In the first test of a landmark environmental law, Minnesota has compensated two beekeepers whose hives were severely damaged last spring by toxic dust that drifted off the fields of a neighbor planting corn.
Investigators from the state Department of Agriculture confirmed, in effect, what beekeepers have been saying for years: Even when used according to law, the most widely used class of insecticides in the world are acutely toxic to honeybees under routine circumstances.
Even more importantly, said state Sen. Rick Hansen, the finding marks a precedent in the ongoing national fight over the controversial group of insecticides called neonicotinoids, which have been implicated in the decline of bees and other wild pollinating insects.
“This is the first action of any state, a finding of fact, that neonicotinoids are harmful to bees,” said Hansen, who sponsored the 2014 law that created the compensation system. “Once you have a state compensating people for a loss, it’s real.”
An official with Bayer CropScience, which makes the insecticide, said he is not familiar with the case and could not comment.
The insecticide in question, clothianidin, is used as a coating on most of the corn and soybean seeds used in American agriculture. Farmers use it as a preventive to protect seedlings from insects in the soil. As the plant grows, the toxin grows with it, making the entire plant poisonous.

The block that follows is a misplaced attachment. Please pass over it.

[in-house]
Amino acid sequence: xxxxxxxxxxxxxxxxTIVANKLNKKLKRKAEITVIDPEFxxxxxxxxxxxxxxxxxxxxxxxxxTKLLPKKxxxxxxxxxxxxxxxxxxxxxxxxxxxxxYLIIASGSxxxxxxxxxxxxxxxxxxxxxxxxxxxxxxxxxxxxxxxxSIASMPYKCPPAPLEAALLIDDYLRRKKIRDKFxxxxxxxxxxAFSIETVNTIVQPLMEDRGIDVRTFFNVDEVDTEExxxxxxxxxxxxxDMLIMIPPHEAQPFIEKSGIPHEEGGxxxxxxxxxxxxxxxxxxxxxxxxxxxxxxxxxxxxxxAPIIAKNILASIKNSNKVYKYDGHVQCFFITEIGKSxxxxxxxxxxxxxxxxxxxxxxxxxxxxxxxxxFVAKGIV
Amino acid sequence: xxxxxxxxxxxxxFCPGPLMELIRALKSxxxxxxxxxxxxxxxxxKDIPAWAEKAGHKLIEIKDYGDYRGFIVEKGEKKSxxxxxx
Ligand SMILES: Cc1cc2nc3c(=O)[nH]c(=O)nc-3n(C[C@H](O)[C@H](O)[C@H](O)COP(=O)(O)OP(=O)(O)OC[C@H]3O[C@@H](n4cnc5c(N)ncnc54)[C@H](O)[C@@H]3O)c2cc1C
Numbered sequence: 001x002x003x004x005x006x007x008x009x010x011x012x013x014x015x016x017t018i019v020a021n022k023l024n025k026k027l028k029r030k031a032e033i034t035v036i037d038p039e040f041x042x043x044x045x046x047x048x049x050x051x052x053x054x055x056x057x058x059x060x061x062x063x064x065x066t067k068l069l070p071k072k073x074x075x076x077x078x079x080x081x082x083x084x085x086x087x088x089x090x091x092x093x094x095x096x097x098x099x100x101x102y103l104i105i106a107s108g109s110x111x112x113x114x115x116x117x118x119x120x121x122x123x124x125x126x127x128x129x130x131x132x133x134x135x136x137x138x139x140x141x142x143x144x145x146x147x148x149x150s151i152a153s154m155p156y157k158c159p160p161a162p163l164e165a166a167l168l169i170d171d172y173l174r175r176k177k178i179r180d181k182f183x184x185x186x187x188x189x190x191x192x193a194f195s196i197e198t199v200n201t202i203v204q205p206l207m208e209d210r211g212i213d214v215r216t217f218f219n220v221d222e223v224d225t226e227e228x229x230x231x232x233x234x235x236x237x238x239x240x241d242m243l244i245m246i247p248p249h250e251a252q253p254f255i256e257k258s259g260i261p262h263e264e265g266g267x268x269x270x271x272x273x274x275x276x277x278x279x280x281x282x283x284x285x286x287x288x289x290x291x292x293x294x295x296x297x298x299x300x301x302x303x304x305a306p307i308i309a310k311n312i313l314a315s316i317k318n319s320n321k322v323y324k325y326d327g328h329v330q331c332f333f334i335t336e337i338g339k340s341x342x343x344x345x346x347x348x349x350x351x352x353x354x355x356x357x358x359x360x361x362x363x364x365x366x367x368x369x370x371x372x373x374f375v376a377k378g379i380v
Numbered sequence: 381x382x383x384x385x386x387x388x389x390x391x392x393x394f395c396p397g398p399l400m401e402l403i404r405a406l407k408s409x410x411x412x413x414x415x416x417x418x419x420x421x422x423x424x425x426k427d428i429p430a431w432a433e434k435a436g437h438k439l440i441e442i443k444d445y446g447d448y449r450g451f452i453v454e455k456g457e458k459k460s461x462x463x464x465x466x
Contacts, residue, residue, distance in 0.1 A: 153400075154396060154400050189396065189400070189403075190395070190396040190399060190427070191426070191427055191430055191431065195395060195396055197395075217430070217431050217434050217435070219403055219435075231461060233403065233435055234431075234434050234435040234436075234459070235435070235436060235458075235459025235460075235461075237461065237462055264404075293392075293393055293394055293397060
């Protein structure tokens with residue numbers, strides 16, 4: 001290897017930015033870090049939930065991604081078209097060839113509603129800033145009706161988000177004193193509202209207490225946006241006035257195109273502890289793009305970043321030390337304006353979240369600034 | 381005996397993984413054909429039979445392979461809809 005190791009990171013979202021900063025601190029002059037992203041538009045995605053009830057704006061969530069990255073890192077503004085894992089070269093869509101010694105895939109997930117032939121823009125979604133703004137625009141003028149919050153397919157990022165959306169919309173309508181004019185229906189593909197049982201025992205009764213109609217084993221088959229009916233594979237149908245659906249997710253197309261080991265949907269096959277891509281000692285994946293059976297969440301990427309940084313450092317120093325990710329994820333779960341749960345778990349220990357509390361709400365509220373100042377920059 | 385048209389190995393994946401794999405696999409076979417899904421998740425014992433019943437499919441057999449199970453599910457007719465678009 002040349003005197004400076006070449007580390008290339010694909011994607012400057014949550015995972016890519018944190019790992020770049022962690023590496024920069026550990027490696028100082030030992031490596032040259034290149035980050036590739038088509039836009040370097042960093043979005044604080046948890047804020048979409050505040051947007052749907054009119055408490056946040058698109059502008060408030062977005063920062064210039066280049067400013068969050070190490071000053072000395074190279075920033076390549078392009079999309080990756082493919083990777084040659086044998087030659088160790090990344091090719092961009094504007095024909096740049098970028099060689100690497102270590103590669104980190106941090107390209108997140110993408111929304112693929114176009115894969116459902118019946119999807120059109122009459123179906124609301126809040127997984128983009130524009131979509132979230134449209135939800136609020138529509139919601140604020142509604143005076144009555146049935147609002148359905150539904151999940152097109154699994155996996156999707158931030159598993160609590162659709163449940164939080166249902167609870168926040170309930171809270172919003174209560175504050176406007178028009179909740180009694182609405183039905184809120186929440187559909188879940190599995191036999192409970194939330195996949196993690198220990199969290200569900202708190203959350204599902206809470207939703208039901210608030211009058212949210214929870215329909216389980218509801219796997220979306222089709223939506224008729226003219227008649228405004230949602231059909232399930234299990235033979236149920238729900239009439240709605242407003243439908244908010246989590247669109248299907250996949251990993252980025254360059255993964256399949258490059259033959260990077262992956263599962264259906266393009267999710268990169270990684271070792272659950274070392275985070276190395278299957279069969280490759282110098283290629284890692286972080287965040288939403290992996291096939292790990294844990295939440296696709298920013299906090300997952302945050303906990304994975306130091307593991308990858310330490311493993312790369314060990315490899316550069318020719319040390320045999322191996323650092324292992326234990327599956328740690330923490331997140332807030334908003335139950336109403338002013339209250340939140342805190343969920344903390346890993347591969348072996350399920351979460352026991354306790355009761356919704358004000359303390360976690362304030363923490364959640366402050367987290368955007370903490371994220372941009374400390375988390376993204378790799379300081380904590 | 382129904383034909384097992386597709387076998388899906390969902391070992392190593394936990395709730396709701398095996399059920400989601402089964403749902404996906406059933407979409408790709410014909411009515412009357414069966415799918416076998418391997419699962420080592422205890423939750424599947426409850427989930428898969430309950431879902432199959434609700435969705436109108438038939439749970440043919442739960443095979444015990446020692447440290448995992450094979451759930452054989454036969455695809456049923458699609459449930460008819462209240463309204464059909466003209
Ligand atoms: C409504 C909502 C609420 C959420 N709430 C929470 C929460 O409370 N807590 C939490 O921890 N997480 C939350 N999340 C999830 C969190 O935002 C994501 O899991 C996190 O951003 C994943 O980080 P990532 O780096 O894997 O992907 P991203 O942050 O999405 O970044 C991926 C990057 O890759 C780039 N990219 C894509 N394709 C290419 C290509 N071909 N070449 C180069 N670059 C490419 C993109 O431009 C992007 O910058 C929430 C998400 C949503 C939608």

How poisonous — and how much poison leaches into the environment season after season — has been the subject of intense debate. The state Department of Agriculture is conducting a review of neonicotinoids in Minnesota, with results expected in coming months.
The U.S. Environmental Protection Agency is also reviewing compounds, and recently announced that one of them, imidacloprid, showed clear damage to hives and honey production even when used appropriately on some crops. Its review of clothianidin is expected to be complete by the end of this year.
Bayer CropScience has disputed the EPA’s finding on clothianidin, as well as multiple other international studies showing that the insecticides, a neurotoxin for insects, have sublethal effects on bees’ ability to navigate long distances, communicate inside the hive and reproduce.